Figure 6

Structure of anti-inflammatory agents


Manoalide, a nonsteroidal sesterterpene isolated from the sponge Luffariella variabilis, has proven to be a useful tool in the study of inflammation, as it inhibited PLA2 irreversibly. Luffariellolide, a PLA2 inhibitor that was partly reversible and was an analog of manoalide isolated from the same organism, had anti-inflammatory efficacy but was significantly less active than manoalide. and E, diterpene ribosides isolated from the gorgonians Pseudopterogorgia bipinata and P. elisabethae, have potent anti-inflammatory and analgesic properties and serve as reversible regulators of lipoxygenase and PLA2. Although the previous compounds all had anti-inflammatory properties, the Dysidea sp.-derived 15-acetylthioxy-furodysinin lactone had the opposite effect.16

Antiviral agents

Figure 7

Structure of antiviral agents


The search for viral chemotherapeutic agents derived from marine sources has proven fruitless. Ara-A, a semisynthetic dependent on arabinosyl nucleosides isolated from the sponge Tethya crypta, is the only compound that has shown substantial therapeutic efficacy so far. In vitro, a variety of marine metabolites have shown potentiality; however, only the didemnins have shown in vivo activity. In the antitumor section, didemnins, depsipeptides isolated from the Caribbean ascidian Trididemnum solidum, were discussed. They had antiviral effects in vitro and in vivo, in addition to antitumor activity. Patellazole B, an antiviral compound isolated from the ascidian Lissoclinum patella, was found to be very effective against herpes simplex viruses. In shipboard antiviral assays, the eudistomins, a class of β-carbolines isolated from the Caribbean ascidian Eudistoma olivacea, were stable. After activation with UV-A light, five of the eudistomins showed increased activity in subsequent experiments.17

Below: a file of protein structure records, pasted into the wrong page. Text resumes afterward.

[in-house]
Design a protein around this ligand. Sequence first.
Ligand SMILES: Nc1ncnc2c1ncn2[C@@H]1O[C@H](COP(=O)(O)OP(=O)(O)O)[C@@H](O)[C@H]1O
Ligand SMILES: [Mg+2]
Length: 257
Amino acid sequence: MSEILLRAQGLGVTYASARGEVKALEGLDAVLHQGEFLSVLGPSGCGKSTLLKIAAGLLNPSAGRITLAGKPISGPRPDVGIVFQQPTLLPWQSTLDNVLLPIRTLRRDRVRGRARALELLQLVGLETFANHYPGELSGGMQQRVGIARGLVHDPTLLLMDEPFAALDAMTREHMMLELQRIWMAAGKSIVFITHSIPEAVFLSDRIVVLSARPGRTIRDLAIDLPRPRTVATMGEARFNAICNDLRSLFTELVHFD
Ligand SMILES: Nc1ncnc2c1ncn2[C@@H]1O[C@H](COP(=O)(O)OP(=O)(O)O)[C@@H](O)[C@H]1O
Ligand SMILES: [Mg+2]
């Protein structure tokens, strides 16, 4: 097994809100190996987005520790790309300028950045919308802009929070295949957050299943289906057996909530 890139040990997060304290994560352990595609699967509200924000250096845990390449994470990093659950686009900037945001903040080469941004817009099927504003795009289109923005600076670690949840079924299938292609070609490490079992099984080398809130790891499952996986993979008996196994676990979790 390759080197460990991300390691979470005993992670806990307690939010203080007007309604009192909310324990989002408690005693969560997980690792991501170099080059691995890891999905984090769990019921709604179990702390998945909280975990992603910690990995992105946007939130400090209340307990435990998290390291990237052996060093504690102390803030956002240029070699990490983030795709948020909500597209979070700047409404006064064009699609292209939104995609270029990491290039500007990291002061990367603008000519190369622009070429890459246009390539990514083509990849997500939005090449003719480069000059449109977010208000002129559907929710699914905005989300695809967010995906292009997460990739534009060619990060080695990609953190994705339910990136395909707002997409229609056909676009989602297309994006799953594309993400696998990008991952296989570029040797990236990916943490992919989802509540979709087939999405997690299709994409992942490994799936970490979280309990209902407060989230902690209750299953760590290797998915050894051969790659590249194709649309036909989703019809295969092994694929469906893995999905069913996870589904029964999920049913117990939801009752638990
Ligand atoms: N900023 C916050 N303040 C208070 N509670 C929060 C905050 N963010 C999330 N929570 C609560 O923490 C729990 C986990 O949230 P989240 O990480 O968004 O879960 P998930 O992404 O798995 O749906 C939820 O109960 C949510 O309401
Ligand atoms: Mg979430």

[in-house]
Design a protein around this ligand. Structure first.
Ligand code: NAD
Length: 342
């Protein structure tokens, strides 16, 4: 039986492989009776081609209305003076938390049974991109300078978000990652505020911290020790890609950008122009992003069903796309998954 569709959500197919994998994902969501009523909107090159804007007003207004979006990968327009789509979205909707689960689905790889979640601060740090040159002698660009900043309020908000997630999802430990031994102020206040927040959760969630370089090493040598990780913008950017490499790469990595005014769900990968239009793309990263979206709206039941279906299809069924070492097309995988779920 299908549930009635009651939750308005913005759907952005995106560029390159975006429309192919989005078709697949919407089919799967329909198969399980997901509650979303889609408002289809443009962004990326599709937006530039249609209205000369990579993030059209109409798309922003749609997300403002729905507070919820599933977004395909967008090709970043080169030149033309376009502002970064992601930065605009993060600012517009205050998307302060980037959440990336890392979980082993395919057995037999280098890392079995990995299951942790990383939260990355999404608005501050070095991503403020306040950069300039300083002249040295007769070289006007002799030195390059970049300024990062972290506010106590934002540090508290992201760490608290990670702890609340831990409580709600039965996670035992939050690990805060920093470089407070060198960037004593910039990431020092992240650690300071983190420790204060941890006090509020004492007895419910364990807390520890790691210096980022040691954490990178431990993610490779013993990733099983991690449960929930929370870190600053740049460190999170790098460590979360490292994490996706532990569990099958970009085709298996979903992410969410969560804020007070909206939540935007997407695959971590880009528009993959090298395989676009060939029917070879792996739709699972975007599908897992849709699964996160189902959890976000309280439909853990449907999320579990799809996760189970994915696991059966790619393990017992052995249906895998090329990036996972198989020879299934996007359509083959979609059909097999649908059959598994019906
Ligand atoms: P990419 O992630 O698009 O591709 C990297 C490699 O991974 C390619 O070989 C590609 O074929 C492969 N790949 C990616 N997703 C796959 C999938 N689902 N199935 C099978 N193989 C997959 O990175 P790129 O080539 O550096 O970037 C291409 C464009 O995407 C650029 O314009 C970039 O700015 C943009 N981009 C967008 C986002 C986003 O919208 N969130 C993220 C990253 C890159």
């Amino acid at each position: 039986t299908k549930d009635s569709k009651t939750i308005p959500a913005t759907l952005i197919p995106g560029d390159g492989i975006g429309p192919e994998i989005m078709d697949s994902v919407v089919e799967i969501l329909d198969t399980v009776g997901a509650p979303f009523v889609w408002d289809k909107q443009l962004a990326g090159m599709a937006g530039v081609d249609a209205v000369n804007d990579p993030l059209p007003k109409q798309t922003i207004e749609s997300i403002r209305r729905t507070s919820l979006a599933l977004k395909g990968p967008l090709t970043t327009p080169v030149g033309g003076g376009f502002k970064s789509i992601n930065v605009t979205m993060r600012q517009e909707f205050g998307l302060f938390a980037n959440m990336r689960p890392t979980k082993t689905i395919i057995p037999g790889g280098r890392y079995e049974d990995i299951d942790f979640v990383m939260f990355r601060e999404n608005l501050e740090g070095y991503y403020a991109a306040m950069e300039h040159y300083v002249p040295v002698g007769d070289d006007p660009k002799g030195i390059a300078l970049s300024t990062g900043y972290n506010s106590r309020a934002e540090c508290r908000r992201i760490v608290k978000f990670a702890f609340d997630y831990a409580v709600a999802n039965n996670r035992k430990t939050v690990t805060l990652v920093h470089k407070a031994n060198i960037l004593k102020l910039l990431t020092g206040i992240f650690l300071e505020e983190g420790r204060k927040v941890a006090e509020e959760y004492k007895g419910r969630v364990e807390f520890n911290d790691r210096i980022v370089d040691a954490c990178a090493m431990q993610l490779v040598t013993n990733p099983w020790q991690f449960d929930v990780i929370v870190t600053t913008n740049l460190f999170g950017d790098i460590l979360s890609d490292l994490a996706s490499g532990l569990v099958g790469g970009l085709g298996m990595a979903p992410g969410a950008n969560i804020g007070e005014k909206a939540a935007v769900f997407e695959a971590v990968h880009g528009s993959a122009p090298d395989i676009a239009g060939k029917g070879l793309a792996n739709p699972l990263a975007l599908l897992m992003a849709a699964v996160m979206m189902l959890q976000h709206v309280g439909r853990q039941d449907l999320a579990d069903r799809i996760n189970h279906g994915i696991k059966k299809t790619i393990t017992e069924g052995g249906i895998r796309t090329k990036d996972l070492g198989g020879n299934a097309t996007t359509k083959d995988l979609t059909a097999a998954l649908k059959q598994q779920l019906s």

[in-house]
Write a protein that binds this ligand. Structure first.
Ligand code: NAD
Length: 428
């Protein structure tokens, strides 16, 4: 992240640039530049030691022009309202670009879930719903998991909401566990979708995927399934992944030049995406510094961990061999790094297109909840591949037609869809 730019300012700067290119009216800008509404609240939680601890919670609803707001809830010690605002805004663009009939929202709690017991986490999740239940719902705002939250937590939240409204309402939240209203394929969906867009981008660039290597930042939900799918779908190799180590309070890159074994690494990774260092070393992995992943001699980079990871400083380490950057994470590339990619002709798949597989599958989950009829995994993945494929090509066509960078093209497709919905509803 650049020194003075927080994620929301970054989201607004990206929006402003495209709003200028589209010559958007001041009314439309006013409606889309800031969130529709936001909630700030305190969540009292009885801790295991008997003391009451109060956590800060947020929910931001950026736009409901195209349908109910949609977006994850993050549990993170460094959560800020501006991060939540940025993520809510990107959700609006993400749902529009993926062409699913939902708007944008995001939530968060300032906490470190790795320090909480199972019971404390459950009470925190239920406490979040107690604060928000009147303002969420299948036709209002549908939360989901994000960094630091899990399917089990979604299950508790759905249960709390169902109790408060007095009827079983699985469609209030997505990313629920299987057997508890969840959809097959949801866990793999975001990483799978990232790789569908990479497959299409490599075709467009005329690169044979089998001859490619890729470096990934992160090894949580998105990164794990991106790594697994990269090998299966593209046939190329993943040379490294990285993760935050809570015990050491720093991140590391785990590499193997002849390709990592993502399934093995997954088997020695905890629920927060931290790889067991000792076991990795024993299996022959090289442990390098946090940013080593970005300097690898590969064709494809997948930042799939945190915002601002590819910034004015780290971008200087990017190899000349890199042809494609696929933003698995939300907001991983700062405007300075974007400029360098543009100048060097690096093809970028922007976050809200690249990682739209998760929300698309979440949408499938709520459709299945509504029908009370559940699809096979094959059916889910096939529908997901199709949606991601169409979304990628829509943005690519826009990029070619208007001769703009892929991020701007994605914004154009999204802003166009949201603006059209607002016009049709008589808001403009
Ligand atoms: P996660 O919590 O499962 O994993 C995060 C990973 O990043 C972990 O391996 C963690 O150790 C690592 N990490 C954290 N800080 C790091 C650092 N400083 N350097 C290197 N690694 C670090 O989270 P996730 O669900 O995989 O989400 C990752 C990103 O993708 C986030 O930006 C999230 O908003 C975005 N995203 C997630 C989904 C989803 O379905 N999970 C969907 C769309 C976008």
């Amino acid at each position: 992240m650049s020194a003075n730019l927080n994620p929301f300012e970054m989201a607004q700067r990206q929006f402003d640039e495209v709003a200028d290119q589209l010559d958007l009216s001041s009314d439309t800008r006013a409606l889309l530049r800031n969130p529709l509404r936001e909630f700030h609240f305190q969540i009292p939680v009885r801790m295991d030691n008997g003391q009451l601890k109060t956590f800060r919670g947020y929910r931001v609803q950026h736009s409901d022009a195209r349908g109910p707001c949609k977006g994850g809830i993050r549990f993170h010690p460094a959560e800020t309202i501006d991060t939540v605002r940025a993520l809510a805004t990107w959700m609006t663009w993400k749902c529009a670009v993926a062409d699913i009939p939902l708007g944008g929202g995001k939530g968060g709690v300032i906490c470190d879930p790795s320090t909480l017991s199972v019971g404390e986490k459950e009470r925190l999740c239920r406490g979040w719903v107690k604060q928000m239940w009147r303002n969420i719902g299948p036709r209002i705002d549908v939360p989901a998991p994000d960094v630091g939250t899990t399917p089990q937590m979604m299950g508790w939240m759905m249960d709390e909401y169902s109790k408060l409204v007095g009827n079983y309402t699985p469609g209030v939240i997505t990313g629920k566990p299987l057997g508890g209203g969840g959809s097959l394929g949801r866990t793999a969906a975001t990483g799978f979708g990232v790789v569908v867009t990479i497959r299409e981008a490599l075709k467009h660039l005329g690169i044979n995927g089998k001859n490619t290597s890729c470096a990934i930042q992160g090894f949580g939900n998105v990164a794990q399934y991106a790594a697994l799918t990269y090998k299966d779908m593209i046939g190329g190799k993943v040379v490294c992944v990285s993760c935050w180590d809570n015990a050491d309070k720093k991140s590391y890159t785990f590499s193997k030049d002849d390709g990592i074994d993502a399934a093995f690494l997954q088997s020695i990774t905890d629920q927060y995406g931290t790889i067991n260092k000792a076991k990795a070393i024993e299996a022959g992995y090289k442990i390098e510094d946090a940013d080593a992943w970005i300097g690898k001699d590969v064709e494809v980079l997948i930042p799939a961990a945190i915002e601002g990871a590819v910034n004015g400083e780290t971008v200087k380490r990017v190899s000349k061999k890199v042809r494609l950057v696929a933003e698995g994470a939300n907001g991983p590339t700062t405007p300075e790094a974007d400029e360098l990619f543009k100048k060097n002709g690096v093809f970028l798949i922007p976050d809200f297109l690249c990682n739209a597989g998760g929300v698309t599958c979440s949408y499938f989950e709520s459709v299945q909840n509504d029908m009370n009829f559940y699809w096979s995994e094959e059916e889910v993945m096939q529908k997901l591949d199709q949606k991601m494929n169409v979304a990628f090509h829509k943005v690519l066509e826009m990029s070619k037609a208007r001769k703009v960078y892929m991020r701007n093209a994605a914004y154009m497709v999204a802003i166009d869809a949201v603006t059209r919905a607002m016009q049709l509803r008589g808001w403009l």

Marine Algae

Marine algae also referred to as macroalgae or seaweed, are photosynthetic eukaryotic species that thrive in coastal environments. Rhodophyta (red algae), Chlorophyta (green algae), and Phaeophyceae (brown algae) are the three main macroalgae taxa based on their morphological pigmentations. Temperature, sunlight, pH, salinity, physiological state, and CO2 supply can all affect the chemical composition of marine algae. Because of various adaptation strategies, macroalgae can survive in harsh environmental conditions.18 Due to the requisite mechanisms of adaptation, macroalgae's metabolism varies, and as a consequence, macroalgae develop various secondary metabolites to overcome different conditions. In a variety of environments, such as the desert and the arctic, macroalgae can withstand very high or very low light intensities. Macroalgae contain a range of natural bioactive compounds and metabolites, such as polysaccharides, polyunsaturated fatty acids, and phlorotannins, to function in such complex and severe conditions. Bioactivities of the constituent components of marine algae have been extensively researched, as macroalgae are one of the most highly studied and used marine resources.19 Polyphenols are bioactive molecules that have anticancer, antidiabetic, antioxidant, and anti-inflammatory properties. Polysaccharides are known to have significant antioxidant and immunomodulatory properties. Because of the growing demand for natural and environmentally sustainable products, especially in the nutraceutical and cosmetics industries, a lot of work has gone into determining the potential of using bioactive compounds extracted from macroalgae in functional foods, pharmaceuticals, and cosmeceuticals. Bioactive compounds from macroalgae, in particular, have further potential uses in dermatology disorders or disorders such as acne, skin aging, pigmentation, and melanoma.20